The conviction of Dominic Ongwen on February 4, 2021 is a major step for justice for widespread atrocities committed by the brutal Lord’s Resistance Army (LRA) in northern Uganda, Human Rights Watch said on Thursday.
The guilty verdict at the International Criminal Court (ICC) shows that rights abusers can find themselves held to account even if years have passed since their crimes.
Ongwen is the first LRA leader to be tried before the ICC, and the first to be convicted for LRA crimes anywhere in the world.
The judges found that Ongwen was guilty of 61 counts of war crimes and crimes against humanity. The crimes include attacks on the civilian population, murder, torture, persecution, forced marriage, forced pregnancy, sexual slavery, enslavement, rape, pillage, destruction of property, attacks on the civilian population, and recruitment and use of children under the age of 15 to participate in the hostilities. The judges did not find evidence of duress or mental illness or defect that would negate his culpability for the crimes.
“The LRA terrorized the people of northern Uganda and its neighboring countries for more than two decades,” said Elise Keppler, associate international justice director at Human Rights Watch. “One LRA leader has at last been held to account at the ICC for the terrible abuses victims suffered. Would-be rights violators should take note that the law can catch up with them, even years later.”
Human Rights Watch issued a Question-and-Answer document and a feature article on the trial on January 27.
The LRA originated in 1987 in northern Uganda among communities in the Acholi region of the country, who suffered serious abuses at the hands of successive Ugandan governments. Their campaign initially had some popular backing, but support waned in the early 1990s as the LRA became increasingly violent against civilians.
The group, led by Joseph Kony, abducted and killed thousands of civilians and mutilated many others by cutting off their lips, ears, noses, hands, and feet.
The LRA’s brutality against children was particularly severe. Ongwen had been one such victim, as he was abducted into the LRA as a 10-year-old child in 1990. The ICC does not have jurisdiction over crimes committed by anyone under 18, but Ongwen was tried for crimes he committed as an adult. His abduction as a young child and the brutality he may have experienced should be considered as mitigating factors at his sentencing, Human Rights Watch said.
The LRA abducted over 30,000 boys and girls and forced them to become soldiers, laborers, and sex slaves. They were forced to beat or trample to death other children who attempted to escape and were repeatedly told they would be killed if they tried to run away. At the height of LRA activity in the early 2000s, as many as 40,000 children, known as the “night commuters,” each night fled their homes in the countryside to sleep in the relative safety of towns to avoid abduction.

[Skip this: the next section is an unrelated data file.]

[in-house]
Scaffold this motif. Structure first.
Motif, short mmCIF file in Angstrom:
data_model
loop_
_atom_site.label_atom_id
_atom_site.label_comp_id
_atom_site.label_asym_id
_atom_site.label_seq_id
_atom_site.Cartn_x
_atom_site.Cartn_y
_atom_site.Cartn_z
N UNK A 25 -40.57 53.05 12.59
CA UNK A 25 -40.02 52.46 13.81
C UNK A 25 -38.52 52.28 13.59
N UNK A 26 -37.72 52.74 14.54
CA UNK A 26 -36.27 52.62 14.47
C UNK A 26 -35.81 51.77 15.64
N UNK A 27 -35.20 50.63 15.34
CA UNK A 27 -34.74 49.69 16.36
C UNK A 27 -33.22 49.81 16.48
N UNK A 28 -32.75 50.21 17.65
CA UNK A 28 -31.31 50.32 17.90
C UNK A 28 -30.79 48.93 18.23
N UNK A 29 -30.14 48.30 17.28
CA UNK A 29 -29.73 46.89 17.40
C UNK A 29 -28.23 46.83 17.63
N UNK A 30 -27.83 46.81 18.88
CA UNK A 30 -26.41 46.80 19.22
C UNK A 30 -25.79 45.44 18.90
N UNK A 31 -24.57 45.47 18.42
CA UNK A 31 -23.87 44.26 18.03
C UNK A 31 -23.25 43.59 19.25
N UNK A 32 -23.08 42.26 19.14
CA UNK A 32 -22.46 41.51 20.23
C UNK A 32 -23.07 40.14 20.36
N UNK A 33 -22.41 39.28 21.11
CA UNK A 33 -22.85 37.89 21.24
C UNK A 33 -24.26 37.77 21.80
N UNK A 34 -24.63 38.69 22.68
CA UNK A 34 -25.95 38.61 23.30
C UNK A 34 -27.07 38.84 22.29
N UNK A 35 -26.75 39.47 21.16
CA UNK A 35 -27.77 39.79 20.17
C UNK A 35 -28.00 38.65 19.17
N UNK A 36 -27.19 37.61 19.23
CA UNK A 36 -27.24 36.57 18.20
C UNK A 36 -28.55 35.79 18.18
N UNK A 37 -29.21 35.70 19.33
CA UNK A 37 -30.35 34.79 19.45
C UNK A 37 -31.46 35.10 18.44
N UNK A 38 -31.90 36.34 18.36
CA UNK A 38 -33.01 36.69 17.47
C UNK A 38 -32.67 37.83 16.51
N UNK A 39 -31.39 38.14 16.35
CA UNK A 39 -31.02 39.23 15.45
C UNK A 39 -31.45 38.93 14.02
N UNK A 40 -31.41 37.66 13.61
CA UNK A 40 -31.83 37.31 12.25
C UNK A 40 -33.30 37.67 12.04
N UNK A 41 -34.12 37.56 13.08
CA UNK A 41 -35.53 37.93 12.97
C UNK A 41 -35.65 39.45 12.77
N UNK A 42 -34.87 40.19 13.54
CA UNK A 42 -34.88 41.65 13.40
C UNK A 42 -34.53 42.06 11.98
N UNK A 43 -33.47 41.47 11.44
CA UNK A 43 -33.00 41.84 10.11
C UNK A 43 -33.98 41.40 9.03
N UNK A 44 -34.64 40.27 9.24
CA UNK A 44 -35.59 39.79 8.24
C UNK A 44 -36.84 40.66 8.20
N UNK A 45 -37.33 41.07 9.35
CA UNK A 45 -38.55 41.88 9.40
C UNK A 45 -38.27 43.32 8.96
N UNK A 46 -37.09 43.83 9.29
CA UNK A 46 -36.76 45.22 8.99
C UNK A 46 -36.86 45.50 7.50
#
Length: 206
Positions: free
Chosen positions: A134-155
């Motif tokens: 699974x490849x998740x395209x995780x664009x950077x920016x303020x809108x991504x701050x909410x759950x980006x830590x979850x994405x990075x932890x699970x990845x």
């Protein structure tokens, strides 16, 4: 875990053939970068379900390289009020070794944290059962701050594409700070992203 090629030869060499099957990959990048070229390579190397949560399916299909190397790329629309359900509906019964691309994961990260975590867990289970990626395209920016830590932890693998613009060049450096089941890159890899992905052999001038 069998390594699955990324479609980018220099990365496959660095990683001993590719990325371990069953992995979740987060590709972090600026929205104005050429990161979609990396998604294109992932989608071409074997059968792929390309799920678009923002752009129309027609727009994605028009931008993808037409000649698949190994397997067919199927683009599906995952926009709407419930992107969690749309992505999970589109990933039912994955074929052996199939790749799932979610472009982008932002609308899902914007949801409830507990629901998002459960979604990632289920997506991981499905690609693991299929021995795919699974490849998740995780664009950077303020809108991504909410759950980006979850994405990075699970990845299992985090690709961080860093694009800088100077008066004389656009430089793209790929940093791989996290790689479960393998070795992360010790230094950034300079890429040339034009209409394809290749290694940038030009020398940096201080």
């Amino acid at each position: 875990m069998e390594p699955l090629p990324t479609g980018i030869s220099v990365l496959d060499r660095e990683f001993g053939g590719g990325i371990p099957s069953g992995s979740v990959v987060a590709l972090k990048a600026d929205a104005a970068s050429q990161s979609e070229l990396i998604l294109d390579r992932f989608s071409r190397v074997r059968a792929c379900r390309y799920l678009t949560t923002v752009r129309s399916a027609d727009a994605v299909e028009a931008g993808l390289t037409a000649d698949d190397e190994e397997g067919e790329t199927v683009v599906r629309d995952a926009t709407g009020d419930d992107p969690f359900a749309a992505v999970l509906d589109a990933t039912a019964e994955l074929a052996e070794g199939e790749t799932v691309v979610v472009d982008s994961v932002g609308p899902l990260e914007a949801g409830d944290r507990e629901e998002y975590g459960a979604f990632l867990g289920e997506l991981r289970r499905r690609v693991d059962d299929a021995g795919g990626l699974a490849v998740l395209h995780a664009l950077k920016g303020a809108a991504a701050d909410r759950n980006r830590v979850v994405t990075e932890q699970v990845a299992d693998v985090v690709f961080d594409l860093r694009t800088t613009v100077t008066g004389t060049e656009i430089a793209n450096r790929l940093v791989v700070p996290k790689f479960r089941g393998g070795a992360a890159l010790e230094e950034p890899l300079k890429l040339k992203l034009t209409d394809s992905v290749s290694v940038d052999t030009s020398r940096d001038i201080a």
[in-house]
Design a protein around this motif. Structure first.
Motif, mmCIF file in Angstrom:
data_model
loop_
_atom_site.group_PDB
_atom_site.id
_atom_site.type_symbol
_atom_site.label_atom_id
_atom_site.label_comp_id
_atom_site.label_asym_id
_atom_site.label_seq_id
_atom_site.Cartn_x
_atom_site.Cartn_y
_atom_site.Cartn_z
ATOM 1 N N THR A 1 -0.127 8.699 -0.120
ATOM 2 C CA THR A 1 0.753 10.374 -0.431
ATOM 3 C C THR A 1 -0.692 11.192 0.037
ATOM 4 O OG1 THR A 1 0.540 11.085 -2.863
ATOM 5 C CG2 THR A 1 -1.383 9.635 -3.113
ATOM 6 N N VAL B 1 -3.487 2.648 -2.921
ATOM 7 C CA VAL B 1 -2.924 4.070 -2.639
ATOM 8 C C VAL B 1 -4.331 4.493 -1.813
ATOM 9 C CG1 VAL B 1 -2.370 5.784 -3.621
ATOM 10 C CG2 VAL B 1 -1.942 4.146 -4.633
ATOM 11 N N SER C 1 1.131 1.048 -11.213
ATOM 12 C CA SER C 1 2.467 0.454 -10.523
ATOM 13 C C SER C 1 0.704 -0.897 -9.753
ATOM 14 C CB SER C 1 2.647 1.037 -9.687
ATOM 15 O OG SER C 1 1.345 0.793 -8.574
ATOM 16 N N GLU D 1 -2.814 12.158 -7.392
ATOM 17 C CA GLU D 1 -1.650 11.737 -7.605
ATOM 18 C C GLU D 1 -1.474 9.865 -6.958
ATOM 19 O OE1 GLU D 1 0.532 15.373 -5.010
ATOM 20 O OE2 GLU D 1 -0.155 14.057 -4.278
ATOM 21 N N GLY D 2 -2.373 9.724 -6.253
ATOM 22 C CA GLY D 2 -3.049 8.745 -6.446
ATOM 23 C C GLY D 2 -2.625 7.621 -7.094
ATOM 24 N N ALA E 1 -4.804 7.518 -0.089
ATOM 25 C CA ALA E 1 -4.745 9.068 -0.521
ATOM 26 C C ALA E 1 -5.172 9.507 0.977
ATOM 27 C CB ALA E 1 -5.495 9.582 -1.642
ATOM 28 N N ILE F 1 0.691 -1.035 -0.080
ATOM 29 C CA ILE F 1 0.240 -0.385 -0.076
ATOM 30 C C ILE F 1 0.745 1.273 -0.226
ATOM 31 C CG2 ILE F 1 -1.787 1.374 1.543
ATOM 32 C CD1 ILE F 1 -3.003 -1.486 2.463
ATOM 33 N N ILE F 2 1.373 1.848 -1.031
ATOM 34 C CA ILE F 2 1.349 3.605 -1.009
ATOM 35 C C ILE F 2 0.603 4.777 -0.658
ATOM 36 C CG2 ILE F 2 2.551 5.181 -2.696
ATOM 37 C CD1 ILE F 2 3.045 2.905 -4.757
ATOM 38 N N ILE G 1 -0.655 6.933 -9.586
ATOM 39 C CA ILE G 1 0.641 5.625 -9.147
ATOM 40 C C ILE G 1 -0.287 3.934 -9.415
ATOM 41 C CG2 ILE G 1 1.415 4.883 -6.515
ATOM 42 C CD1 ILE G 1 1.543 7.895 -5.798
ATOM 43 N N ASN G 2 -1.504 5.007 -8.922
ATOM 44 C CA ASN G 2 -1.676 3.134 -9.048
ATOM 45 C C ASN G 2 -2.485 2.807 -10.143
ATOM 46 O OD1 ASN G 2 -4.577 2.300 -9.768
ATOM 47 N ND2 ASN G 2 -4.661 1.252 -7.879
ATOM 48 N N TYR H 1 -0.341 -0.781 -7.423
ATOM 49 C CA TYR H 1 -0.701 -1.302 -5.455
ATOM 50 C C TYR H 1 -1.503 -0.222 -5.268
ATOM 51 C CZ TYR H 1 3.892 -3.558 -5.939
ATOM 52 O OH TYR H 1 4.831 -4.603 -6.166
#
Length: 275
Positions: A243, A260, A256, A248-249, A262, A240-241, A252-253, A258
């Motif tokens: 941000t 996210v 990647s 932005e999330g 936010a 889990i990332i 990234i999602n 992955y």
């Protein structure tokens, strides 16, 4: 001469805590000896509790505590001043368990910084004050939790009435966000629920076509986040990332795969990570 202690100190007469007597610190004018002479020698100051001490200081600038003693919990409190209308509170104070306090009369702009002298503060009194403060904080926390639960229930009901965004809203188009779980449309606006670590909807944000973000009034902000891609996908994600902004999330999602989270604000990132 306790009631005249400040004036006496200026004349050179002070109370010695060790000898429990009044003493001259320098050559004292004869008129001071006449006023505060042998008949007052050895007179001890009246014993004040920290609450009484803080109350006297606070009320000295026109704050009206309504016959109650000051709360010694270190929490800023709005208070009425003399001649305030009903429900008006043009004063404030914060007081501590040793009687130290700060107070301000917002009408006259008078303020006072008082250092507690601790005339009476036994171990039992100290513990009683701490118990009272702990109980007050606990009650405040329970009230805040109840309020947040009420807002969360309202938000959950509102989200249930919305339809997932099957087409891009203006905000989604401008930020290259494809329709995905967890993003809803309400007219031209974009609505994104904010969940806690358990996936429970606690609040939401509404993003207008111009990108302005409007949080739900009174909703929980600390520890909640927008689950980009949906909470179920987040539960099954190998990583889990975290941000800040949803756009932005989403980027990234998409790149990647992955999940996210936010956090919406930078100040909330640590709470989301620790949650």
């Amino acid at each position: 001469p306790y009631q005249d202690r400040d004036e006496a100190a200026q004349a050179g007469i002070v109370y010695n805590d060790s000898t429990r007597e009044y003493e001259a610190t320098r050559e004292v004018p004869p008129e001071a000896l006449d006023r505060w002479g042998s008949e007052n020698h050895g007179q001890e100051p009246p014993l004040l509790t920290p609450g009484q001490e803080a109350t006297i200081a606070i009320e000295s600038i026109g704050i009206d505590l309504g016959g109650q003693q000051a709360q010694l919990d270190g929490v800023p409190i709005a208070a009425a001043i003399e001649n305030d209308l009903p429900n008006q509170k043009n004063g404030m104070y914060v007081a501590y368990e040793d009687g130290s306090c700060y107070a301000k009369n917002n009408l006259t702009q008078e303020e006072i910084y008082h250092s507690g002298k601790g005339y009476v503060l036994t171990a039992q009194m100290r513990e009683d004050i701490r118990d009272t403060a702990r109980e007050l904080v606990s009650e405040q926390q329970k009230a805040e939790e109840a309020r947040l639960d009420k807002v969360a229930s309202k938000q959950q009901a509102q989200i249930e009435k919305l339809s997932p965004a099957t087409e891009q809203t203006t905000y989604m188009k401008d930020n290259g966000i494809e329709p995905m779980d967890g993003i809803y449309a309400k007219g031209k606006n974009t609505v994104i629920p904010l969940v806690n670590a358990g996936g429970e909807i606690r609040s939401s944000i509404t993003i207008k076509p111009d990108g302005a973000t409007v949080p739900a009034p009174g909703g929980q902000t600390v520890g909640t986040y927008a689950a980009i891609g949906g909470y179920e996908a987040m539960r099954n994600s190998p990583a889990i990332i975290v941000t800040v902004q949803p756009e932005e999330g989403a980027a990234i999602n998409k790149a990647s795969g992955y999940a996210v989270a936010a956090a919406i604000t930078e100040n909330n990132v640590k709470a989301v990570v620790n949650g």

Ongwen is the only LRA leader among five charged by the ICC who is in custody. Kony is an outstanding fugitive and the other three are declared to be or presumed dead.
Over four thousand victims were “participants” in Ongwen’s trial, separate from the role of witnesses. Early decisions in the case highlighted shortcomings, however, when it came to giving victims a voice in the choice of which lawyers would represent them. The ICC also actively conducted outreach to the local population on the trial. This included bringing community members to observe the trial at the ICC and audio and video screenings in northern Uganda of portions of the trial.
The ICC’s decision to open cases against Ongwen and other LRA leaders in 2005 coincided with a resumption of peace talks between the rebel group and the Ugandan government, although the final peace agreement was never concluded as Kony did not show up to sign it. Military campaigns against the LRA eventually pushed the group across the border into southern Sudan –now South Sudan and, in 2005 and 2006, into the Democratic Republic of Congo. The LRA later crossed in and out of the Central African Republic.
Starting in 2010, the US government provided assistance and military advisers to support regional efforts to arrest Kony and other LRA leaders, but in 2017 the US ended the program.
In recent years the LRA has splintered into smaller groups operating across central Africa. Kony and a group of his fighters are believed to be based in the Kafia Kingi, a disputed area on the border between Sudan and South Sudan. The organization Invisible Children, which tracks the various LRA groups, has documented continued abductions and looting.
Governments committed to justice for victims of LRA atrocities need to revisit how to ensure Kony’s ultimate arrest and surrender, Human Rights Watch said. The United Nations, African Union, and Economic Community of Central African States should support such efforts.
Following the verdict in the Ongwen case, the parties have 30 days to appeal. The ICC will also conduct hearings on sentencing and possible reparations for victims.
“Ongwen’s trial and conviction are major developments, but they should not obscure the need for Joseph Kony’s arrest and surrender,” Keppler said. “Countries should recommit themselves to seeing Joseph Kony face the ICC once and for all.”